TXEXplainer: Campus-Carry Legislation

As the 83rd Texas Legislature hurtles toward its end on May 27, two bills have revived the debate over guns on college campuses. We take a look at what they might mean, plus the reaction from around the state—and the UT community.

TXEXplainer: Campus Carry Legislation

Two campus-carry bills are moving through the Legislature. Though campus-carry measures, which allow licensed gun owners to carry a firearm on campuses to varying degrees, have failed in the two most recent legislative sessions, legislators are once again considering the issue. Saturday was the House’s self-described “gun day,” and one of the measures discussed, House Bill 972 by Rep. Allen Fletcher (R-Cypress), has since passed the lower chamber.

HB 972 would remove the current firearms ban on public college campuses, but would still allow universities to opt out. Passage of the measure made national news (including an interesting choice of photo on a Connecticut news site).

In the Senate, a bill introduced by state Sen. Glenn Hegar (R-Katy) doesn’t quite go as far. Senate Bill 1907, passed by the Senate last week, would allow students to keep licensed firearms locked in their cars on campus. The bill was approved in a 27-4 vote, meaning eight Democrats joined 19 Republicans in voting for the measure, though Democrats have led the charge against campus carry, and many conservatives were disappointed by Hegar’s bill, and have instead pinned their hopes to Fletcher’s more expansive measure. SB 1907 is currently being considered in the House homeland security committee.

 UT is officially opposed to any campus-carry allowances. And so are many students, but not all. Both the UT System and UT-Austin have publicly opposed guns on campus. The Invest in Texas campaign, a student lobbying group representing Student Government and over 25 other student groups, has made gun-free campuses a main legislative priority.

The University’s opposition has been consistently expressed. Though UT president Bill Powers did not sign a highly publicized petition earlier this year denouncing campus-carry measures, he did sign a letter in January on behalf of the executive committee of the American Association of Universities asking the federal government to take more action on gun violence [PDF].

In his own letter, this one to Gov. Rick Perry in March, System chancellor Francisco Cigarroa voiced his opposition.

“I believe that, on balance,” Cigarroa wrote, “the permitted presence of concealed weapons will contribute to a less-safe campus environment.”

Some students around the state have, however, voiced support for campus-carry measures. In the Daily Toreador, the student paper at Texas Tech University, columnist Jordan Sigler railed against Hegar’s bill, saying it doesn’t go far enough.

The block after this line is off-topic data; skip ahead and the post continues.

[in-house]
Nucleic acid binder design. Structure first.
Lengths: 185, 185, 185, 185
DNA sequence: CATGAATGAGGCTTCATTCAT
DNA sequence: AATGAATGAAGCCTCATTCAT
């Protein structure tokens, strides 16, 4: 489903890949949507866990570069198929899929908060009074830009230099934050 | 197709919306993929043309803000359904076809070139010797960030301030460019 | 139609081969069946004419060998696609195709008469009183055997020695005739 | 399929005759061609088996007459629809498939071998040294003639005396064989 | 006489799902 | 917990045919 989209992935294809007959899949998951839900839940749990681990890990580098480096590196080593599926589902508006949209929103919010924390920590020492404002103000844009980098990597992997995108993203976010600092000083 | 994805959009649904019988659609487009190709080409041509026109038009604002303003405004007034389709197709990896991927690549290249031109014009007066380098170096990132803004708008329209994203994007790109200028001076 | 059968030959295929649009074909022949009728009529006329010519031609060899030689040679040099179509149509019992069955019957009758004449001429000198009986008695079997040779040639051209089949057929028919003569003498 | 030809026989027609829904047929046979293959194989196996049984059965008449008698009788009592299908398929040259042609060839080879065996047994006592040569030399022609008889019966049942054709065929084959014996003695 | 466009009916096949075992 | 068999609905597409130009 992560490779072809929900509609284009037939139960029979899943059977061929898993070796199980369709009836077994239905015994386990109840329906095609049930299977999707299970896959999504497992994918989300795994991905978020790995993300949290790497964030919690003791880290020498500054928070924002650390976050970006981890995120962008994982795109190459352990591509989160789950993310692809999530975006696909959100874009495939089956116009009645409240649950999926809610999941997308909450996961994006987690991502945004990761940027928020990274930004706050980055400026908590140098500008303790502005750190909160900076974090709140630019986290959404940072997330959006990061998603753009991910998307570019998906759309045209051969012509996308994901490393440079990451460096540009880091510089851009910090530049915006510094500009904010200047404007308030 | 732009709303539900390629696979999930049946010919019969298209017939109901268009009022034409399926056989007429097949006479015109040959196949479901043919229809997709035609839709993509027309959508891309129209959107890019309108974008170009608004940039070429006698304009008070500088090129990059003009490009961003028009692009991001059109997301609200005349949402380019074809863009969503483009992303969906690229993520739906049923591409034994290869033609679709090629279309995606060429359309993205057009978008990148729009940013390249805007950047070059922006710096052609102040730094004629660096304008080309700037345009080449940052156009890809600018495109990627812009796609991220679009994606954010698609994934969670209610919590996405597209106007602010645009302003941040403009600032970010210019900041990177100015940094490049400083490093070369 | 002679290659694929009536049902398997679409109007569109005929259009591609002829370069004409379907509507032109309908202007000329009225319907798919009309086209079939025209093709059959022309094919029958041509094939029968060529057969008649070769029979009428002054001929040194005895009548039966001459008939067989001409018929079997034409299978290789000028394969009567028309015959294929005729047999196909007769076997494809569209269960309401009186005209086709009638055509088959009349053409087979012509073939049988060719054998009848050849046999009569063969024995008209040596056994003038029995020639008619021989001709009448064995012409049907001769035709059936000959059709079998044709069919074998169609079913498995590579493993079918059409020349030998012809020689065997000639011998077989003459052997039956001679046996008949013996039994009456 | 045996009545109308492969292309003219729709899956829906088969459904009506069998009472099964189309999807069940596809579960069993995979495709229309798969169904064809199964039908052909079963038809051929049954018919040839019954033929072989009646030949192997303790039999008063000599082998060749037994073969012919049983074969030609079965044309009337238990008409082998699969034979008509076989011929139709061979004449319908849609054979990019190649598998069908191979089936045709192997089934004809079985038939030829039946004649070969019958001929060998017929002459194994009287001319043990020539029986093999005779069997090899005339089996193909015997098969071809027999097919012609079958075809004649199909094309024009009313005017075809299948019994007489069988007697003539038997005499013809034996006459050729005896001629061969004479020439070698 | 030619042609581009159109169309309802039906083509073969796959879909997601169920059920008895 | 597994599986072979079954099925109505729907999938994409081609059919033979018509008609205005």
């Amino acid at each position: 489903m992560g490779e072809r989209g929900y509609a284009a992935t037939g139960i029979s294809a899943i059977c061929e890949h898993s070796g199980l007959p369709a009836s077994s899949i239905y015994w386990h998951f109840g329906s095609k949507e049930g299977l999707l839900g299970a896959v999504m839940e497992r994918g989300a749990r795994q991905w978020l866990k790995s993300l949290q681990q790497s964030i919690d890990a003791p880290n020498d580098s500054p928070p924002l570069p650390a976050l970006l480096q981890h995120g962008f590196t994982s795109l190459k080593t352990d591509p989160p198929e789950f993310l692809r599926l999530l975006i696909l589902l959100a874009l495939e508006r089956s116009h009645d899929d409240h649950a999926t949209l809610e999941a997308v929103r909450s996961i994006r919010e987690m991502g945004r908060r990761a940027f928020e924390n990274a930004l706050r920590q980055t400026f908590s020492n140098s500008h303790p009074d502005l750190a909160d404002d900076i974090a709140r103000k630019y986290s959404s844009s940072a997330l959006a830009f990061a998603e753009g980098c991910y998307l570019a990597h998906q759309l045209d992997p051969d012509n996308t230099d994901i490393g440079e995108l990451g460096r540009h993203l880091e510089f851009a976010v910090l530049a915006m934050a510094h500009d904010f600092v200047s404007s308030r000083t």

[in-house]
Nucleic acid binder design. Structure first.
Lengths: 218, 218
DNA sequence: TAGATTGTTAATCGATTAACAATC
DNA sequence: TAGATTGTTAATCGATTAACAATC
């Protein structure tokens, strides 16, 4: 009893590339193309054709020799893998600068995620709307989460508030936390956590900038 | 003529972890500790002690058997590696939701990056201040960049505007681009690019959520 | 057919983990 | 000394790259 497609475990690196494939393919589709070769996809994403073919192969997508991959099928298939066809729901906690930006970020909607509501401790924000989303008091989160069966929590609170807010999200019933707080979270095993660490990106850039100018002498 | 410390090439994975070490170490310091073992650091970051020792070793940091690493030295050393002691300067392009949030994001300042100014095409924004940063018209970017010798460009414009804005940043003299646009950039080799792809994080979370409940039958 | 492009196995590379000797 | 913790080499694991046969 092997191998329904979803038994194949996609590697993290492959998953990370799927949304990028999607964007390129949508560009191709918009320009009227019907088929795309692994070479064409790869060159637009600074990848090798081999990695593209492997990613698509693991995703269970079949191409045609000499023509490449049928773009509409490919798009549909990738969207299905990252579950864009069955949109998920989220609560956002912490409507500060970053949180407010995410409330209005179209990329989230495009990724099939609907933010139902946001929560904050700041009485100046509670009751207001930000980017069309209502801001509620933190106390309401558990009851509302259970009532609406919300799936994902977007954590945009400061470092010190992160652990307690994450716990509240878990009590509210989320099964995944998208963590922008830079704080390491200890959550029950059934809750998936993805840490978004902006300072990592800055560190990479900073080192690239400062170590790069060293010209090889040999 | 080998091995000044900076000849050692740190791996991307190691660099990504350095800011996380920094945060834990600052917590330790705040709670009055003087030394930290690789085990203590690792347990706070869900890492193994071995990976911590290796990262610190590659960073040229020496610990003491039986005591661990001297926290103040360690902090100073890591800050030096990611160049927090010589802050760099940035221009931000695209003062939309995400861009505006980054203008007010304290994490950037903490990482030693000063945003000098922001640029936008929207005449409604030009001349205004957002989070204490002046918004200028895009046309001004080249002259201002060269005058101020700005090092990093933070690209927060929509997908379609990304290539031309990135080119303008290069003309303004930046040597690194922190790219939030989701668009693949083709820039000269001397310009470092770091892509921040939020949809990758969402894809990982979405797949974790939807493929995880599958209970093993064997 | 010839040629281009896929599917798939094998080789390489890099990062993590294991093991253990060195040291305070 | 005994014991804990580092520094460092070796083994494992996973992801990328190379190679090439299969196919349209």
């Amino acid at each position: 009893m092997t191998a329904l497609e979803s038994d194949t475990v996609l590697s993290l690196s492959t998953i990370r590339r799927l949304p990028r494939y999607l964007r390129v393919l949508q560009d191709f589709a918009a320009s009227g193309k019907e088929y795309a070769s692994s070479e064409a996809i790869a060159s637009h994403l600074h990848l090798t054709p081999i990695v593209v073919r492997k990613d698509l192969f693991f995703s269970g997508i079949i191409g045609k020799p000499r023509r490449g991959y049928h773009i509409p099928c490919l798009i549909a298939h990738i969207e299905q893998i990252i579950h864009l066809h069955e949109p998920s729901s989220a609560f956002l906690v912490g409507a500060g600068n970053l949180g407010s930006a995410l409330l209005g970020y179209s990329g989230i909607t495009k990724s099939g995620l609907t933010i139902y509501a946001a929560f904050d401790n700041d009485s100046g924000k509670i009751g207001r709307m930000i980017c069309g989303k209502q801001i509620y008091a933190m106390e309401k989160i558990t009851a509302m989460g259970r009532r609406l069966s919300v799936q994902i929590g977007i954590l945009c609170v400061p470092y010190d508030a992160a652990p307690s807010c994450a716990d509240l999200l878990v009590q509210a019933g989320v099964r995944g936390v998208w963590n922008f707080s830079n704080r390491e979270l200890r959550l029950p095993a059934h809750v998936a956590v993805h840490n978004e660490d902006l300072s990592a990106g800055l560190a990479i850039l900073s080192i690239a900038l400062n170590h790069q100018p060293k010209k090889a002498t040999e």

“Students and faculty who have the right to carry in Texas shouldn’t have to give up the right to attend college, where yes, they are unable to defend themselves, in a place where crime rates are going up in spite of gun-free zones,” Sigler wrote last week.

At UT, a registered student group called Students for Concealed Carry has advocated for guns on campus. The group also lists chapters at Texas A&M University, Texas Tech, and Stephen F. Austin State University. At press time, the group could not be reached for comment.

The legislative outlook is unclear. State Sen. John Whitmire (D-Houston), chair of the criminal justice committee, has made it clear he’s not interested in hearing bills related to campus carry. While Republicans have pushed for campus carry in this and previous sessions, conservatives are divided on the importance of the issue. Even with their large majority, strong Democratic opposition like Whitmire’s may derail the issue as Fletcher’s “full carry” bill moves to the Senate, and Hegar’s vehicle bill is considered in the House.

poll by the Texas Politics Project at UT-Austin found that while 74 percent of Republicans support concealed carry on campus and 73 percent of Democrats oppose it, the GOP is far more split between “strongly support” and “somewhat support” than Democrats are in their opposition. The strongest single group supporting campus carry are self-identified Tea Party conservatives.

The outcome of campus carry is tied to which faction is more united, and whether those supporting it can push it through the complexities of lawmaking in the three weeks left in the current session.

If the passage of Hegar and Fletcher’s bills are any indication, the issue is still on lawmakers’ radar. Sen. Brian Birdwell (R-Granbury), a strong proponent of campus carry who saw his own proposal mired in committee without a hearing earlier this session, is still pushing for a bill.

“I’m not backing up, and I’m not giving up,” Birdwell told the Texas Tribune.

Editor’s Note: The Texas Exes takes no position on campus-carry legislation.

Photo courtesy of Westside Shooter via Flickr Creative Commons.

 

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